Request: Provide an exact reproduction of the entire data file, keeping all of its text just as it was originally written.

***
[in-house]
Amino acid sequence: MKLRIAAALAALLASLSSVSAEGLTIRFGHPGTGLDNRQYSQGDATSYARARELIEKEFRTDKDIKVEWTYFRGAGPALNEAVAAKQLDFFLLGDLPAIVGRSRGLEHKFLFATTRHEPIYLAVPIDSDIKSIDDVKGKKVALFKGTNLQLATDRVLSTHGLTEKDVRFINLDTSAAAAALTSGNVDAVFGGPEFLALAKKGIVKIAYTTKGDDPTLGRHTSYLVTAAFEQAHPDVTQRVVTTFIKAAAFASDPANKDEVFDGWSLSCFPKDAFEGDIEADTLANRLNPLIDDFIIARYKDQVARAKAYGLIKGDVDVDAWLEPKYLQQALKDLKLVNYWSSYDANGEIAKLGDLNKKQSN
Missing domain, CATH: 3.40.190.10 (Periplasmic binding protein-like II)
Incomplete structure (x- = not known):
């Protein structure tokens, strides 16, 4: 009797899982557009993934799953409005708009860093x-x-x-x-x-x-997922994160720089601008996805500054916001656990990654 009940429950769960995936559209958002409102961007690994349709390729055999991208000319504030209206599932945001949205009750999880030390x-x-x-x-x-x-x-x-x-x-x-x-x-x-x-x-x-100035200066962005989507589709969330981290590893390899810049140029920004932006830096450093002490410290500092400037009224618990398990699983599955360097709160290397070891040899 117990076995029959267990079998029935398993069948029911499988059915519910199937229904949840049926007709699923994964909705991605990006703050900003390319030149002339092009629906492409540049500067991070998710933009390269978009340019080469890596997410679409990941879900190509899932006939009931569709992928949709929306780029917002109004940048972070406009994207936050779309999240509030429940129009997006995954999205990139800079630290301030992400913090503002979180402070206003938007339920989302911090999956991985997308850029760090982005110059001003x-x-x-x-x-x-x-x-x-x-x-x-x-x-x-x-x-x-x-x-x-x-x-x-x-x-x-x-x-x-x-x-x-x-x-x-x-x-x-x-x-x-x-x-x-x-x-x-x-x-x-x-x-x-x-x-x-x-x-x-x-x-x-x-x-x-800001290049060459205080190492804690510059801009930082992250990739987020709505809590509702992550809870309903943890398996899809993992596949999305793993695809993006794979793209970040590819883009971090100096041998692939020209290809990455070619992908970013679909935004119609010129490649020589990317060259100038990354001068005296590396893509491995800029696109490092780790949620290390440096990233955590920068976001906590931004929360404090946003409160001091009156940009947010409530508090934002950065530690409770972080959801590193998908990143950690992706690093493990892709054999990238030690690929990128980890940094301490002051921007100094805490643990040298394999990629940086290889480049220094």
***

[in-house]
Amino acid sequence: MKLRIAAALAALLASLSSVSAEGLTIRFGHPGTGLDNRQYSQGDATSYARARELIEKEFRTDKDIKVEWTYFRGAGPALNEAVAAKQLDFFLLGDLPAIVGRSRGLEHKFLFATTRHEPIYLAVPIDSDIKSIDDVKGKKVALFKGTNLQLATDRVLSTHGLTEKDVRFINLDTSAAAAALTSGNVDAVFGGPEFLALAKKGIVKIAYTTKGDDPTLGRHTSYLVTAAFEQAHPDVTQRVVTTFIKAAAFASDPANKDEVFDGWSLSCFPKDAFEGDIEADTLANRLNPLIDDFIIARYKDQVARAKAYGLIKGDVDVDAWLEPKYLQQALKDLKLVNYWSSYDANGEIAKLGDLNKKQSN
Missing domain, CATH: 3.40.190.10 (Periplasmic binding protein-like II)
Incomplete structure (x- = not known):
């Protein structure tokens, strides 16, 4: 009797899982557009993934799953409005708009860093x-x-x-x-x-x-997922994160720089601008996805500054916001656990990654 009940429950769960995936559209958002409102961007690994349709390729055999991208000319504030209206599932945001949205009750999880030390x-x-x-x-x-x-x-x-x-x-x-x-x-x-x-x-x-100035200066962005989507589709969330981290590893390899810049140029920004932006830096450093002490410290500092400037009224618990398990699983599955360097709160290397070891040899 117990076995029959267990079998029935398993069948029911499988059915519910199937229904949840049926007709699923994964909705991605990006703050900003390319030149002339092009629906492409540049500067991070998710933009390269978009340019080469890596997410679409990941879900190509899932006939009931569709992928949709929306780029917002109004940048972070406009994207936050779309999240509030429940129009997006995954999205990139800079630290301030992400913090503002979180402070206003938007339920989302911090999956991985997308850029760090982005110059001003x-x-x-x-x-x-x-x-x-x-x-x-x-x-x-x-x-x-x-x-x-x-x-x-x-x-x-x-x-x-x-x-x-x-x-x-x-x-x-x-x-x-x-x-x-x-x-x-x-x-x-x-x-x-x-x-x-x-x-x-x-x-x-x-x-x-800001290049060459205080190492804690510059801009930082992250990739987020709505809590509702992550809870309903943890398996899809993992596949999305793993695809993006794979793209970040590819883009971090100096041998692939020209290809990455070619992908970013679909935004119609010129490649020589990317060259100038990354001068005296590396893509491995800029696109490092780790949620290390440096990233955590920068976001906590931004929360404090946003409160001091009156940009947010409530508090934002950065530690409770972080959801590193998908990143950690992706690093493990892709054999990238030690690929990128980890940094301490002051921007100094805490643990040298394999990629940086290889480049220094």